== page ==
Burn bans are in effect

A Texas Forest Service publication that outlines protection against wildfire is available at Marble Falls Fire Rescue.

County burn bans instituted

By Glynis Crawford Smith

The Highlander


Outdoor burn bans have been enacted by the Burnet County Commissioners Court, July 12, and the Llano County Commissioners Court, July 11, and cities, including Marble Falls and Horseshoe Bay have announced the ban, also. Outdoor burning of brush and vegetation is prohibited and the ban remains in effect for 90 days or until rescinded by the respective county judge.

Herb Darling, Burnet County Environmental Services director, said that most cities require burning permits, as it is, and may not issue their own ban announcement.

“If someone calls the Granite Shoals Fire Department for a permit, they will learn we are part of the county ban and permits are suspended,” said Granite Shoals City Secretary Elaine Simpson.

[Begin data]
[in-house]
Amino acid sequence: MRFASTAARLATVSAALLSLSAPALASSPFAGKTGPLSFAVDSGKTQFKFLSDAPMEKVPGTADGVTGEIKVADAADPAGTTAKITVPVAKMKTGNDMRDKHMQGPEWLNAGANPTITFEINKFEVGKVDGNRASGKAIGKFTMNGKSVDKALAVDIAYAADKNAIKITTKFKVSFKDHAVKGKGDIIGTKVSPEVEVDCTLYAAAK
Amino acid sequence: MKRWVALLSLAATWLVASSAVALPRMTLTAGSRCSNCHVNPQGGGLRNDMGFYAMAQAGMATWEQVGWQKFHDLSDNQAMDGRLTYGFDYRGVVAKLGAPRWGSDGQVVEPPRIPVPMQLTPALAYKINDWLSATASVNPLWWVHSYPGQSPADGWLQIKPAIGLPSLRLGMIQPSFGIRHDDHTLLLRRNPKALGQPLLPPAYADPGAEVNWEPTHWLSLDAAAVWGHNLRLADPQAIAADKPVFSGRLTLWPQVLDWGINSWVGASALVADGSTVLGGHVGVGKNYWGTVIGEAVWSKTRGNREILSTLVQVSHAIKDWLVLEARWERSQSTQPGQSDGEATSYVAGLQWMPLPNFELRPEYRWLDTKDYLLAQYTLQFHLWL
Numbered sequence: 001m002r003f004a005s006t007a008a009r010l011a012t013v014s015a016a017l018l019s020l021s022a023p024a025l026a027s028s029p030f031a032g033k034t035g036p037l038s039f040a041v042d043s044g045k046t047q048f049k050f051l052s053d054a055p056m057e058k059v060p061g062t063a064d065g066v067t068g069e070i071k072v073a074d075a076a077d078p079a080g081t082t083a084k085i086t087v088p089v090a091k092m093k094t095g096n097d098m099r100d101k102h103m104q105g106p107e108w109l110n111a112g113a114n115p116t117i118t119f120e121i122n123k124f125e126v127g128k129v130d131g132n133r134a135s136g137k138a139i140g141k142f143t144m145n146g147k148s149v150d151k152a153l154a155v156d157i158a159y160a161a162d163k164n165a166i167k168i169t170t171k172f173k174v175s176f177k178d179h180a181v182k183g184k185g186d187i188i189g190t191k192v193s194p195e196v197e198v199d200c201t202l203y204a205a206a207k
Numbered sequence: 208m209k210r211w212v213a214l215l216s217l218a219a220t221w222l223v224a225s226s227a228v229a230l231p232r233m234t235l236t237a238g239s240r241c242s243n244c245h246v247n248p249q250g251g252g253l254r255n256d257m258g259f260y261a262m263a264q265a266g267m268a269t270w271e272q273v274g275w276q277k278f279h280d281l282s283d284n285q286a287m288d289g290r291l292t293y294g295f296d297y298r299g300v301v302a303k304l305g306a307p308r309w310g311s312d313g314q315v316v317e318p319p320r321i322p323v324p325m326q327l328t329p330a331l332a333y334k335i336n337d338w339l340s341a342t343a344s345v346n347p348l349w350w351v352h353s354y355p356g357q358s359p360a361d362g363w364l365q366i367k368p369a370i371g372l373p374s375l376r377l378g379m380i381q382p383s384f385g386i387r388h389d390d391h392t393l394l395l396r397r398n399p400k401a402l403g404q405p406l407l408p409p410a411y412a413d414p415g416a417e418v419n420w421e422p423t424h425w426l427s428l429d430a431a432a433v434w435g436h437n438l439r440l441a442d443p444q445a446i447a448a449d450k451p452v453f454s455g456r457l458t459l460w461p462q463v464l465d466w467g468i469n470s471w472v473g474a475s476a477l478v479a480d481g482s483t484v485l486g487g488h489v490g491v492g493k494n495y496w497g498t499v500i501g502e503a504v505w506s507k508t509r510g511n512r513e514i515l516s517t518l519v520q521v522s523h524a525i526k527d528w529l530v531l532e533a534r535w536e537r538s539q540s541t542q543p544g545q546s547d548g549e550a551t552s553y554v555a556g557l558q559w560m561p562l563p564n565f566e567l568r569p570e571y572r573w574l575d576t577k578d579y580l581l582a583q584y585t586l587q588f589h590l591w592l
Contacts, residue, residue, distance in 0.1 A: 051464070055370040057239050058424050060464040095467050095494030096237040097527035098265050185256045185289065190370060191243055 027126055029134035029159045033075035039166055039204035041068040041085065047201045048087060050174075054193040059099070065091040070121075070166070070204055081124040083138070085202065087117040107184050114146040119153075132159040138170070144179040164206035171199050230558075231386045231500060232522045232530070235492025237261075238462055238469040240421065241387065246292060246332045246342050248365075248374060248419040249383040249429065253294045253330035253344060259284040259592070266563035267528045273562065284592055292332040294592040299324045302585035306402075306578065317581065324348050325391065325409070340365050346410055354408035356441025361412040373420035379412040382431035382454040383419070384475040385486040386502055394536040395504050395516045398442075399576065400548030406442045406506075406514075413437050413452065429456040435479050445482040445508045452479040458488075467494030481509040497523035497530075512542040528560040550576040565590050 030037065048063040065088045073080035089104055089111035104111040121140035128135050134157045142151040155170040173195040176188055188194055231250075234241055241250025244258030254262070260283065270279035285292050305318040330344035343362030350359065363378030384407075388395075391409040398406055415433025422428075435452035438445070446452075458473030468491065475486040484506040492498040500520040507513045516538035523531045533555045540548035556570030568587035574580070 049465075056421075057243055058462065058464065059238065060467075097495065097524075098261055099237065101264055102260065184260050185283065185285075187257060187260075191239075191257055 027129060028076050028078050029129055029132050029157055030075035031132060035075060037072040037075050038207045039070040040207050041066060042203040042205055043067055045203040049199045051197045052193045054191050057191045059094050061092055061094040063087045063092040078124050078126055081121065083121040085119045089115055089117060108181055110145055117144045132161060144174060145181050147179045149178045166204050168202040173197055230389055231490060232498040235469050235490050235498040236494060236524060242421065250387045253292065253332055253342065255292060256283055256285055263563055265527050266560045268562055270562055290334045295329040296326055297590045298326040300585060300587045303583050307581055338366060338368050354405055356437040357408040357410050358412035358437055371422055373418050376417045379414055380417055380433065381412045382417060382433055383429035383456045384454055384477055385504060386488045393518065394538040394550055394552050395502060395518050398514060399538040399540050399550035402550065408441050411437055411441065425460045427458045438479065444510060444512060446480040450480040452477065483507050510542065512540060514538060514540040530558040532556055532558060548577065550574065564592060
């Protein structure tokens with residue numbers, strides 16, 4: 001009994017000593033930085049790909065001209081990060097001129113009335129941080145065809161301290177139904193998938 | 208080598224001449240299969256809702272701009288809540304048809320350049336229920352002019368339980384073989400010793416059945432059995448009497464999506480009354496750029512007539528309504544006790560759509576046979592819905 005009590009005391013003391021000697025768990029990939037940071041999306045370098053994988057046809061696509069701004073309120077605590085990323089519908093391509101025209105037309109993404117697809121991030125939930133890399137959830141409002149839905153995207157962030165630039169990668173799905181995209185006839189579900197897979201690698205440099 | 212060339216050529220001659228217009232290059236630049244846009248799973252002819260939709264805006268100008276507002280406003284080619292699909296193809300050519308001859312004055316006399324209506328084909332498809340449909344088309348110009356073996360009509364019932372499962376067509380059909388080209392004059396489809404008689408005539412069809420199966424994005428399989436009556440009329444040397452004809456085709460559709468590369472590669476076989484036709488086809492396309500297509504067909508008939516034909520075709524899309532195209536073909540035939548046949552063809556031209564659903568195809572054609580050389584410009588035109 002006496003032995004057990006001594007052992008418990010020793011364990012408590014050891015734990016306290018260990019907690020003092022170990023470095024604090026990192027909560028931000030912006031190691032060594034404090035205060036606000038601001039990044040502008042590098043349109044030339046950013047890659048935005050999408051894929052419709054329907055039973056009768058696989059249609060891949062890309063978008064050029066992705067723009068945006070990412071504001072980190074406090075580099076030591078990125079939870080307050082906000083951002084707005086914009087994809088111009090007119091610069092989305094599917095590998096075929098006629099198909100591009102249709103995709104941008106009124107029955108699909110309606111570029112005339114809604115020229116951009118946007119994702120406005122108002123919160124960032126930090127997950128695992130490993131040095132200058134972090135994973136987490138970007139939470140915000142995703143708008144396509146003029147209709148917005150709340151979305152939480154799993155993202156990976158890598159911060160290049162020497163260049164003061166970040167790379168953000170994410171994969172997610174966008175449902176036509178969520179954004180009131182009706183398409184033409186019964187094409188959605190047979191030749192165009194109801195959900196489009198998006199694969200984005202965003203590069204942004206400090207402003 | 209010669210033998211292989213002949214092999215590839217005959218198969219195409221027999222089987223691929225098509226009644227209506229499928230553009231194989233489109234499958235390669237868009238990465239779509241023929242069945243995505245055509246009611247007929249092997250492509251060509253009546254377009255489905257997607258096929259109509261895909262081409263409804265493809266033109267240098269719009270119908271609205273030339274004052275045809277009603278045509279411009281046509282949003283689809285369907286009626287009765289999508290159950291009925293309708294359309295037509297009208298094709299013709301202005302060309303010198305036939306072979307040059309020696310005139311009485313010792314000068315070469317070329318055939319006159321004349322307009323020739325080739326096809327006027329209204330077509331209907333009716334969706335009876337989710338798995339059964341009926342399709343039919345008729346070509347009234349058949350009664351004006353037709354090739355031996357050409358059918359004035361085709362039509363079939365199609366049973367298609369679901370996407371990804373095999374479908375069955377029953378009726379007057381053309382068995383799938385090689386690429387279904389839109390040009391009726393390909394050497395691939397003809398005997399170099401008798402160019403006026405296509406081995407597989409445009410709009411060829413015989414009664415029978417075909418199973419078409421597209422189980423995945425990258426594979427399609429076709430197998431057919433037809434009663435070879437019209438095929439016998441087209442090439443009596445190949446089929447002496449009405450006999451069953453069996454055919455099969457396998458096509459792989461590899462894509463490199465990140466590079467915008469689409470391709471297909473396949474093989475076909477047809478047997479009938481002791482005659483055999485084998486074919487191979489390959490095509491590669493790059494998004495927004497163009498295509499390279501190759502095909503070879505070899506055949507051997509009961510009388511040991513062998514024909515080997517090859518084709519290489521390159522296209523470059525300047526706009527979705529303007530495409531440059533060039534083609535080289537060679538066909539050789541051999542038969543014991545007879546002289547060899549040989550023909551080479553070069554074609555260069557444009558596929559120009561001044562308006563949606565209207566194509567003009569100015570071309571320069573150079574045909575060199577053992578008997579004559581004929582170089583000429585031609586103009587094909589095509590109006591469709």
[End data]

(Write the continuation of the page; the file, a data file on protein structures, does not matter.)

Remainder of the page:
“The county’s placing of the burn ban comes just in time, as Marble Falls Fire Rescue has responded to several small grass fires over the past week and conditions are certain to continue to worsen without any significant rainfall,” said Marble Falls Fire Chief Russell Sander. “The spring rains created an abundance of vegetation which has now dried up due to the lack of rainfall.”

Residents are asked to use caution when using cooking fires, and welding or cutting operations outdoors. Additionally, when pulling a vehicle off the roadway, avoid parking on dry, grassy areas as the hot exhaust can ignite the brush underneath.

Another measure to help minimize the risk of brush fires, especially around residential structures is to clear a minimum area of 30 feet out from buildings, decks or other structures.

In a press release Monday, July 18, Fire Marshal Johnny P. Caraway referred residents to Texas Forest Service guidelines for creating a “Zone One” defensible space around a home. That is, removing all dead or dying vegetation and removing dry leaf litter from the yard, roof and rain gutters. The measure can slow the spread of wildfire and reduce the intensity of fire approaching a home.

“Fire is sneaky and unpredictable,” warns the TFS. “It will find the weakest link into your home.”

For more detailed information and guidance on how to implement personal wildfire protection, residents are invited to pick up a copy of the TFS brochure, “Ready, Set, Go! YOUR PERSONAL WILDFIRE ACTION PLAN” at Marble Falls Fire Rescue, 700 Avenue N in Marble Falls.

For more information, call the station, 830-693-4060.

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